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Wilms Tumor Associated With the 9q22.3 Microdeletion Syndrome

2 New Case Reports and a Review of The Literature

Cayrol, Julie MBBS*,†; Nightingale, Michael MBBS; Challis, Jacqueline B App Sc§; Campbell, Martin MBBS*; Sullivan, Michael MBBS, PhD*,†; Heloury, Yves MD

Journal of Pediatric Hematology/Oncology: October 26, 2018 - Volume Publish Ahead of Print - Issue - p
doi: 10.1097/MPH.0000000000001322
Clinical and Laboratory Observations: PDF Only
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Background: The 9q22.3 syndrome is an autosomal dominant microdeletion syndrome with similarities to Gorlin syndrome (GS). It encompasses the PTCH1 gene locus that harbors mutations for GS. Although the 9q22.3 syndrome is associated with Wilms tumor (WT), WT is not a GS-associated tumor, implying a different mechanism involving PTCH1, or a different locus in the 9q22.3 region. The goal of this study is to report the association between WT and 9q22.3 syndrome and review the outcome of treatment.

Observations: We report 2 new cases of WT with 9q22.3 deletion and review the literature. Among the 44 described patients with 9q22.3 deletion, 7 developed WT (16%) at a mean age of 45 months (range, 4 to 84 mo). All patients had dysmorphic features, macrocephaly, and developmental delay, and there was an association with overgrowth (4/7). One patient had bilateral WT, another had a synchronous rhabdomyosarcoma. The outcome was excellent with all cases reported to be in complete remission.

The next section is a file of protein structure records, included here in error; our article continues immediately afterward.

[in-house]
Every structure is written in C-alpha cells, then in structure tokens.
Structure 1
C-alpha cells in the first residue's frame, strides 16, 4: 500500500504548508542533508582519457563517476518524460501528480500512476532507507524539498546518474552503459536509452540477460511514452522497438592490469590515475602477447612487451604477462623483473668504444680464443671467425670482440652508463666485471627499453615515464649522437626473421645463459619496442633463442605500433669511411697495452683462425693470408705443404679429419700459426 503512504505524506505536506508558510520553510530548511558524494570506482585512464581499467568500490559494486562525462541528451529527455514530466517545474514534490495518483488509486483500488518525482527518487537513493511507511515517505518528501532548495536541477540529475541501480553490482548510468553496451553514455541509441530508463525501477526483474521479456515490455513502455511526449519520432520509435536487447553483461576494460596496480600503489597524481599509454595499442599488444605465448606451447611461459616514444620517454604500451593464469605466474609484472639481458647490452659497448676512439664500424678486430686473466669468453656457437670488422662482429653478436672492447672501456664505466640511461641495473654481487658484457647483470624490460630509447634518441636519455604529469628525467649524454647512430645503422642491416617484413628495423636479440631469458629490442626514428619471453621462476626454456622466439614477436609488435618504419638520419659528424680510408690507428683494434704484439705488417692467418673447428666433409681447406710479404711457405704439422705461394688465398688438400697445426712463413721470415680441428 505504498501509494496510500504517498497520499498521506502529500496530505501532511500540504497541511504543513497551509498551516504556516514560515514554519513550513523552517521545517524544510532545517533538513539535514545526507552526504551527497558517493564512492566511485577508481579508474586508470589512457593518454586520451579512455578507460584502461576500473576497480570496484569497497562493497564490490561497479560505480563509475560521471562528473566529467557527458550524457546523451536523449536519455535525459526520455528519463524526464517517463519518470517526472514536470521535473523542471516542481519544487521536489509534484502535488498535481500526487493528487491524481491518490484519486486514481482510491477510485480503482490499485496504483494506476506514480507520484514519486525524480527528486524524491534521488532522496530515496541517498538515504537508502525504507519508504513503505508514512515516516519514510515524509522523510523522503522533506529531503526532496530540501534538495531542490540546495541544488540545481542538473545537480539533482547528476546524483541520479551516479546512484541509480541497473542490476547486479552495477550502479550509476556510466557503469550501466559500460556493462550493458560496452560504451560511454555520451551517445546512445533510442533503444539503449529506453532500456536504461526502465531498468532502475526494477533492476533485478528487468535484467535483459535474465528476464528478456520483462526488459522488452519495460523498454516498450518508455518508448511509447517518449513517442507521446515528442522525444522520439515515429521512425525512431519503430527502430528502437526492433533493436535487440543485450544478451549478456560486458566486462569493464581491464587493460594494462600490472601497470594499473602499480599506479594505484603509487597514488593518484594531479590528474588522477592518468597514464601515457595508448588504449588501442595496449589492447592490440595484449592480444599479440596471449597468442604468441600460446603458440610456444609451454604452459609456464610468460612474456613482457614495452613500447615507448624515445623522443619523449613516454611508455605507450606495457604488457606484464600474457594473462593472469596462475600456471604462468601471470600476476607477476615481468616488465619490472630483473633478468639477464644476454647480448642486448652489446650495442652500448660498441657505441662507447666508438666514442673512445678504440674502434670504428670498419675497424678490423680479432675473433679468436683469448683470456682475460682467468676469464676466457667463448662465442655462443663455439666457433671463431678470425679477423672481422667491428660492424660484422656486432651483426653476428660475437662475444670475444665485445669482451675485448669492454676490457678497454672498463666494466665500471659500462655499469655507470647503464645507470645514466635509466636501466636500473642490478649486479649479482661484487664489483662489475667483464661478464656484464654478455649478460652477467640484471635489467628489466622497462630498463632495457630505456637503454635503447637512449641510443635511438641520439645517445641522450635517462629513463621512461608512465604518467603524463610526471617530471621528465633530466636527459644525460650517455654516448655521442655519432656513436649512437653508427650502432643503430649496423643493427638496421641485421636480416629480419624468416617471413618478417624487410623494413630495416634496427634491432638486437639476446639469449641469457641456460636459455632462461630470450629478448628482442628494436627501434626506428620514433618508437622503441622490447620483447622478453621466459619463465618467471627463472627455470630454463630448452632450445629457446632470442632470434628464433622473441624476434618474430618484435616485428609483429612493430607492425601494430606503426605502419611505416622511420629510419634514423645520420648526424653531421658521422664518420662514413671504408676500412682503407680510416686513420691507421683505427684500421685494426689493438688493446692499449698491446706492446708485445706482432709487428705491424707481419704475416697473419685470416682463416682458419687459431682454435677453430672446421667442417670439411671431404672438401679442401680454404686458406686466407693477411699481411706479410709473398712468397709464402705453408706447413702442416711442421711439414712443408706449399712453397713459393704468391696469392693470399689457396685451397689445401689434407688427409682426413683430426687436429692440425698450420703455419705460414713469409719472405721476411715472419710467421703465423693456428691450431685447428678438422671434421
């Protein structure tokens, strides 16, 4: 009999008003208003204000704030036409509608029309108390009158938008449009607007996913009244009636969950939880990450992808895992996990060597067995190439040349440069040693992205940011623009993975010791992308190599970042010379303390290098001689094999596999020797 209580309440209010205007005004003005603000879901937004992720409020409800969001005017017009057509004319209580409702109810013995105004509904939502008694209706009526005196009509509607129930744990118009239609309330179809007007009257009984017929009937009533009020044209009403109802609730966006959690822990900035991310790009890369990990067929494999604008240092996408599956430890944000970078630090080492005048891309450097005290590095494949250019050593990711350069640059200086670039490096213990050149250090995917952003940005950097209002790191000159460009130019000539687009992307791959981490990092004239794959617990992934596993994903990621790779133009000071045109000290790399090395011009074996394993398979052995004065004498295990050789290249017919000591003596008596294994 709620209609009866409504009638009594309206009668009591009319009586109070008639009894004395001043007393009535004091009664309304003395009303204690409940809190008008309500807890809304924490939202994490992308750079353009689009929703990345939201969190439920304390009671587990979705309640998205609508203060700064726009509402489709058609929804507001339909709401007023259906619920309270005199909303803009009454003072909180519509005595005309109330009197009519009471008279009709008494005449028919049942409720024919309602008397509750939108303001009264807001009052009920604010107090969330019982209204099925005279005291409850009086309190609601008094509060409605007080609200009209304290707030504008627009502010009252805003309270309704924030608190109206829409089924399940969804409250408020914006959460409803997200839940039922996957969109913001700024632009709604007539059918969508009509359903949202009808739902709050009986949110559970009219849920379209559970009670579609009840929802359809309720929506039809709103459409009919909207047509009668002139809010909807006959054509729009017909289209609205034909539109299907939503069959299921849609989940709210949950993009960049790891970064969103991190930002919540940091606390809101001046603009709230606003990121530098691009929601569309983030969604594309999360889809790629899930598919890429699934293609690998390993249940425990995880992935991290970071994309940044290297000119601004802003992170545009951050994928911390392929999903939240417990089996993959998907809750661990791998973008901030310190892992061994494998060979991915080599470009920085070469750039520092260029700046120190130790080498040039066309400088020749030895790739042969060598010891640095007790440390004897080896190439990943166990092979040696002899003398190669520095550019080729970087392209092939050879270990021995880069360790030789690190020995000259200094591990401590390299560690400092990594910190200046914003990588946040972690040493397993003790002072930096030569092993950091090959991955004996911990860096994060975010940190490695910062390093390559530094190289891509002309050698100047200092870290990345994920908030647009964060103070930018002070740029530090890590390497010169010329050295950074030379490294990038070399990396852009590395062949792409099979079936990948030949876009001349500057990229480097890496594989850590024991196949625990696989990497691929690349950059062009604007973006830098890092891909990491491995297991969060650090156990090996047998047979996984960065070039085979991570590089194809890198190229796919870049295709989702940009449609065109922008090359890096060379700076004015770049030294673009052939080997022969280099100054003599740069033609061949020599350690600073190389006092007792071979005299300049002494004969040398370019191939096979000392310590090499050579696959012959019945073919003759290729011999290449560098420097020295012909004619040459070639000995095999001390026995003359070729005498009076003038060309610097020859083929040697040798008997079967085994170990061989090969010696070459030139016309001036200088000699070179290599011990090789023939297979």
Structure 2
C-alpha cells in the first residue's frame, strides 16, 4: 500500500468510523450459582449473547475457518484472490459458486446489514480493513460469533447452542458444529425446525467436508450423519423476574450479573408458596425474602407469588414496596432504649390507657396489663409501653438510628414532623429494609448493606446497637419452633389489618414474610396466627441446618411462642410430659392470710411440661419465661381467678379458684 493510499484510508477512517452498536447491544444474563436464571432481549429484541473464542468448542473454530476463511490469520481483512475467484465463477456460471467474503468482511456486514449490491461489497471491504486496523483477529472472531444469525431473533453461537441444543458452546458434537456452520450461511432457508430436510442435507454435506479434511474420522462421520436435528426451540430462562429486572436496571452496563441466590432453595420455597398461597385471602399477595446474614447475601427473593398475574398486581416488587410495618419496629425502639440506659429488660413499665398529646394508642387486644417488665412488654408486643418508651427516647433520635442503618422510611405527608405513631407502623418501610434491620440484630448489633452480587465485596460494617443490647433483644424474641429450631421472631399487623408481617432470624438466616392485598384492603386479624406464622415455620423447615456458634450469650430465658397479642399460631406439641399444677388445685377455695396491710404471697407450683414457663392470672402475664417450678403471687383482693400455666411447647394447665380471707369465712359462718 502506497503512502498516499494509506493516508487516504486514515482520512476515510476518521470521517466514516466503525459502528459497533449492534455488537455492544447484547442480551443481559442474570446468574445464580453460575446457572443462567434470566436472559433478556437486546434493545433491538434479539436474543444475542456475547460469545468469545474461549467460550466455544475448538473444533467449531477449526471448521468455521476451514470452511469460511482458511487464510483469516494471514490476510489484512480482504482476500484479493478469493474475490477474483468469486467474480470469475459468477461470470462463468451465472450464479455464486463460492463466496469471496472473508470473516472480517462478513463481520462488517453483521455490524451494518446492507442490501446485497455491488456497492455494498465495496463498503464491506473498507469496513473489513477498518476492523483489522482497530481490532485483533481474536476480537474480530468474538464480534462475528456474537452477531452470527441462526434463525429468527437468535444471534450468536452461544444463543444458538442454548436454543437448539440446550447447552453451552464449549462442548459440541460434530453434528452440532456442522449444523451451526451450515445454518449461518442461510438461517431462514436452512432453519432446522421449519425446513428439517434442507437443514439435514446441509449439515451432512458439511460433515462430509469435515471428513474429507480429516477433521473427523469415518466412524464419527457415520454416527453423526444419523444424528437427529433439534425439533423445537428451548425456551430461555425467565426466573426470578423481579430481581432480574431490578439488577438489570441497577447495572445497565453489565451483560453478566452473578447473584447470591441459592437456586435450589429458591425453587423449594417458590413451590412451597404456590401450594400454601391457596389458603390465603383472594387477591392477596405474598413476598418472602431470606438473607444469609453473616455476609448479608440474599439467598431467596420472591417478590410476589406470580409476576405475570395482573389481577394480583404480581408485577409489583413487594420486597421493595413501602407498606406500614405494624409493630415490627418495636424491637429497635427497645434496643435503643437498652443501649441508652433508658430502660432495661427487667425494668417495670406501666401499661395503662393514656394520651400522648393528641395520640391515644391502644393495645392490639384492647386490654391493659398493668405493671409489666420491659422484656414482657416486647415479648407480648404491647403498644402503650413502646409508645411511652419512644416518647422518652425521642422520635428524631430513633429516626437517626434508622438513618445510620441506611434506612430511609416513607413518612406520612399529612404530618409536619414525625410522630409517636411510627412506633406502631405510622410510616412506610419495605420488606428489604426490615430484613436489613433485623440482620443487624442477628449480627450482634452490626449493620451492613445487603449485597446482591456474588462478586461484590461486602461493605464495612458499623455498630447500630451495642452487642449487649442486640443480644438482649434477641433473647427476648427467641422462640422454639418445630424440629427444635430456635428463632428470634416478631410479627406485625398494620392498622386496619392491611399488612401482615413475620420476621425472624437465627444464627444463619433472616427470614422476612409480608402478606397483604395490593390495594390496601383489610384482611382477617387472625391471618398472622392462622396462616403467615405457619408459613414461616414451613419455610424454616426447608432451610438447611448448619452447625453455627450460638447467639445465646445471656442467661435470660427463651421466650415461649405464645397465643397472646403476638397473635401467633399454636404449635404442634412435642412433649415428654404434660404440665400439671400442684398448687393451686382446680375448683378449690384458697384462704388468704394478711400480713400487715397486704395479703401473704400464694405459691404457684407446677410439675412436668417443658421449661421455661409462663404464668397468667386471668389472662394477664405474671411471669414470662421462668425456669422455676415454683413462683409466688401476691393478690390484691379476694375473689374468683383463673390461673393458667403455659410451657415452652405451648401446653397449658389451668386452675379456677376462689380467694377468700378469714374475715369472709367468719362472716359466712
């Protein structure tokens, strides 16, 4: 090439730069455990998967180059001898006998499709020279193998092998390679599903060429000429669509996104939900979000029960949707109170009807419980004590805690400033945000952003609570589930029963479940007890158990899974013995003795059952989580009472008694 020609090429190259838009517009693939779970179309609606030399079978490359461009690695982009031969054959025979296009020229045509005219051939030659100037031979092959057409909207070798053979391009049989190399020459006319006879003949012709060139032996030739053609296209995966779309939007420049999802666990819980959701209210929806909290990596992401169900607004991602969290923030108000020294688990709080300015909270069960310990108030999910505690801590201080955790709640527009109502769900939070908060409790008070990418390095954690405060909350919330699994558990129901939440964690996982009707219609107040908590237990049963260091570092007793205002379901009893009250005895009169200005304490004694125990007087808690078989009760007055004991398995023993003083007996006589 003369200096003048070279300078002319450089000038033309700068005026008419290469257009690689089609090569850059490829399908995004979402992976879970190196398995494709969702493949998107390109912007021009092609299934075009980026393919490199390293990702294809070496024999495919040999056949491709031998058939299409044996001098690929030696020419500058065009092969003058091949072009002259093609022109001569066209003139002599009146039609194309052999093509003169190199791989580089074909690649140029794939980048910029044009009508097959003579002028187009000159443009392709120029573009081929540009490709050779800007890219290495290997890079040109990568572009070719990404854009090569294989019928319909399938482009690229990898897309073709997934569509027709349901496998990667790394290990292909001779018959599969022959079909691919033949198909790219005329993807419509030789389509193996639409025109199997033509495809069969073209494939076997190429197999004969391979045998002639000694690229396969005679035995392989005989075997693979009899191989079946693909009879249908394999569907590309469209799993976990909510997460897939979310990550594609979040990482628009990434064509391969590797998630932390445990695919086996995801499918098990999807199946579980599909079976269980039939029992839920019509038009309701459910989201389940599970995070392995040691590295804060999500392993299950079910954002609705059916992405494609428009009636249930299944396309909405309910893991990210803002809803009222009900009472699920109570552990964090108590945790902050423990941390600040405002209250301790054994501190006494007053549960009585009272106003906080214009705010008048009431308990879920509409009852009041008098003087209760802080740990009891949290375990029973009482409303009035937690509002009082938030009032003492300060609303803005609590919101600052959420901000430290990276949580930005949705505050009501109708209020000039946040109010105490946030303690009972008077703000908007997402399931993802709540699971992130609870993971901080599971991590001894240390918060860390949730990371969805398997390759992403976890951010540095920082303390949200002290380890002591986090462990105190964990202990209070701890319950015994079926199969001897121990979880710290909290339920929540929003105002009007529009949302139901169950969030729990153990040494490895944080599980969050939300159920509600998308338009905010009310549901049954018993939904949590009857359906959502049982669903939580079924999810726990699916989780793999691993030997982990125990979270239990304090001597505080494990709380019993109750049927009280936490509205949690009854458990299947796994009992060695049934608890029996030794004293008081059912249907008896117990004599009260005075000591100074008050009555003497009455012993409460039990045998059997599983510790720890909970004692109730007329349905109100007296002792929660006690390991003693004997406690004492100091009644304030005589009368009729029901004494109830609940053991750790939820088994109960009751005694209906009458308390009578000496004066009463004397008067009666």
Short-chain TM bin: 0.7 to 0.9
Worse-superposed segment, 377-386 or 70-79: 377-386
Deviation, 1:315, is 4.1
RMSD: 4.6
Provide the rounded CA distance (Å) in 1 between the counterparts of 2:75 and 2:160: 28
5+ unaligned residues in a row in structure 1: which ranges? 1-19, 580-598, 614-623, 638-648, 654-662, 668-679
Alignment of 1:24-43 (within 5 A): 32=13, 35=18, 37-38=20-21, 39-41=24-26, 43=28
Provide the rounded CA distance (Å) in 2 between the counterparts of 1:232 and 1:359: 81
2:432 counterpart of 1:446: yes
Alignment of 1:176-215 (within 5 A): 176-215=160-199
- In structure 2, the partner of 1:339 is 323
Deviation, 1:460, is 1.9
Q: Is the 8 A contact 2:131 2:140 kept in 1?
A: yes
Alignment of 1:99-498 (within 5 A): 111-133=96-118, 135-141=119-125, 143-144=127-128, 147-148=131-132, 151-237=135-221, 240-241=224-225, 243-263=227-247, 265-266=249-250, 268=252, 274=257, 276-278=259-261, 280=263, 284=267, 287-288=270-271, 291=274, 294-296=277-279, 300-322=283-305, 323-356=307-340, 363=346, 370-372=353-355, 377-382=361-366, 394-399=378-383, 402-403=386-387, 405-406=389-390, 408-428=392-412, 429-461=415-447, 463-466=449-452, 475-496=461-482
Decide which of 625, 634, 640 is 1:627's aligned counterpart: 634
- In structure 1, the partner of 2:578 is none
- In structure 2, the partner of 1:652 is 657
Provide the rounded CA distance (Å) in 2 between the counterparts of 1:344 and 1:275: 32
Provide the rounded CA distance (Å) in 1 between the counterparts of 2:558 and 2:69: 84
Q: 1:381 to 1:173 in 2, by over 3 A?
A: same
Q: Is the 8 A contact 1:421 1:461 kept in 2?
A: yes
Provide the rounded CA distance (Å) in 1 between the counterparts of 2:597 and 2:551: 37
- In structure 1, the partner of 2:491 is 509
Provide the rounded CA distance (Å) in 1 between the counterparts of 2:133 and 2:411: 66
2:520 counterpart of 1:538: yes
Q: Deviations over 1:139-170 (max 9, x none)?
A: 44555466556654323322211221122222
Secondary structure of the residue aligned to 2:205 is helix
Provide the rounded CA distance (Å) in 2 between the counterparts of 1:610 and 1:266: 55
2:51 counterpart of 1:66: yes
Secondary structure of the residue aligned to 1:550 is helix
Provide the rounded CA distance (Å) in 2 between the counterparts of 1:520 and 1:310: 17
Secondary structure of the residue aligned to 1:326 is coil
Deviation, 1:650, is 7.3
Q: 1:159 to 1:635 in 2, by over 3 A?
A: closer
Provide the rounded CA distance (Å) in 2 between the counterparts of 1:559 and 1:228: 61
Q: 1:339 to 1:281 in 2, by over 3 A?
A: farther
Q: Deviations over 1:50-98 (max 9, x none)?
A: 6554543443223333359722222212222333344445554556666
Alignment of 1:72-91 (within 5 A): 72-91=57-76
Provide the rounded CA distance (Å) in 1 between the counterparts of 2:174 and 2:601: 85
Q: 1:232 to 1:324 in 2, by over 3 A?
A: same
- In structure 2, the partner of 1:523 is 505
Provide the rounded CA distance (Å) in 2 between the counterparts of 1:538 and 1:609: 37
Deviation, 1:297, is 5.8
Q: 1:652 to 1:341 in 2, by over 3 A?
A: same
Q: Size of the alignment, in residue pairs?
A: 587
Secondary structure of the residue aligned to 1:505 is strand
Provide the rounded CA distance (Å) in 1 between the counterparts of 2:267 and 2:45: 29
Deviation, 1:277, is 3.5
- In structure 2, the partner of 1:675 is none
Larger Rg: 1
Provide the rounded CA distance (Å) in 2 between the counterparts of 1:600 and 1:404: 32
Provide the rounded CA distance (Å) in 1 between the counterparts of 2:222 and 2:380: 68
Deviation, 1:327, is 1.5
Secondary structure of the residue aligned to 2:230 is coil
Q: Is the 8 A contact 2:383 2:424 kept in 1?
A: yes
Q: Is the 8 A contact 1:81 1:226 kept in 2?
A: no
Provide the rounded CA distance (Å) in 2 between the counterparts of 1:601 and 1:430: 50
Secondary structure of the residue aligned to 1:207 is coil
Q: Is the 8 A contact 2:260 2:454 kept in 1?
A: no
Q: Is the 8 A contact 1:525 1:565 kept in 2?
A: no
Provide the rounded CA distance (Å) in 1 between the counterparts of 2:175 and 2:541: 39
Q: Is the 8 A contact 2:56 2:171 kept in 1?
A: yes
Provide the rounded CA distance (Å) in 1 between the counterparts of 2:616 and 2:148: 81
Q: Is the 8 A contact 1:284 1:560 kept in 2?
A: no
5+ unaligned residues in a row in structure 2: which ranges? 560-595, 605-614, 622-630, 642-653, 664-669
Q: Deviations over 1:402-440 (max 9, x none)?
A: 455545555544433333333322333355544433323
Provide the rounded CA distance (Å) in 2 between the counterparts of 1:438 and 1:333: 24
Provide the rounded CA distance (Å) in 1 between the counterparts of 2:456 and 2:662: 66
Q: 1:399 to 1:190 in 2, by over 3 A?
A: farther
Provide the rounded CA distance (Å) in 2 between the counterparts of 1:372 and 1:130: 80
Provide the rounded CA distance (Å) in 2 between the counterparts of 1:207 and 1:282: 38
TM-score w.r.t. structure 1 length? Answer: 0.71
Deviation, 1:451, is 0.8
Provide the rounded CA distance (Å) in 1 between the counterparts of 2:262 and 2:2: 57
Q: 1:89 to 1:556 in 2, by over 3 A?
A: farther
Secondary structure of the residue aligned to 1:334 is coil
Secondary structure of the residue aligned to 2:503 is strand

Conclusions: The 9q22.3 microdeletion syndrome should be considered at diagnosis of WT in children with dysmorphic features. Conversely, patients with a known 9q22.3 deletion syndrome should be considered for a WT predisposition surveillance program, especially those with overgrowth. The management should be individualized and given the excellent prognosis, and the unknown future risk of metachronous disease or other malignancy, the surgical approach should be carefully considered.

*Children’s Cancer Centre

Departments of Paediatric Surgery

Paediatric Urology, The Royal Children’s Hospital

Department of Paediatrics, The University of Melbourne, Parkville

§Victorian Clinical Genetics Services, Murdoch Children’s Research Institute, Melbourne, Vic., Australia

M.S. and Y.H. contributed equally.

The authors declare no conflict of interest.

Reprints: Julie Cayrol, MBBS, Children’s Cancer Centre. The Royal Children’s Hospital, 50 Flemington Road, Parkville, Melbourne, Vic. 3052, Australia (e-mail: Julie.Cayrol@rch.org.au).

Received April 4, 2018

Accepted August 21, 2018

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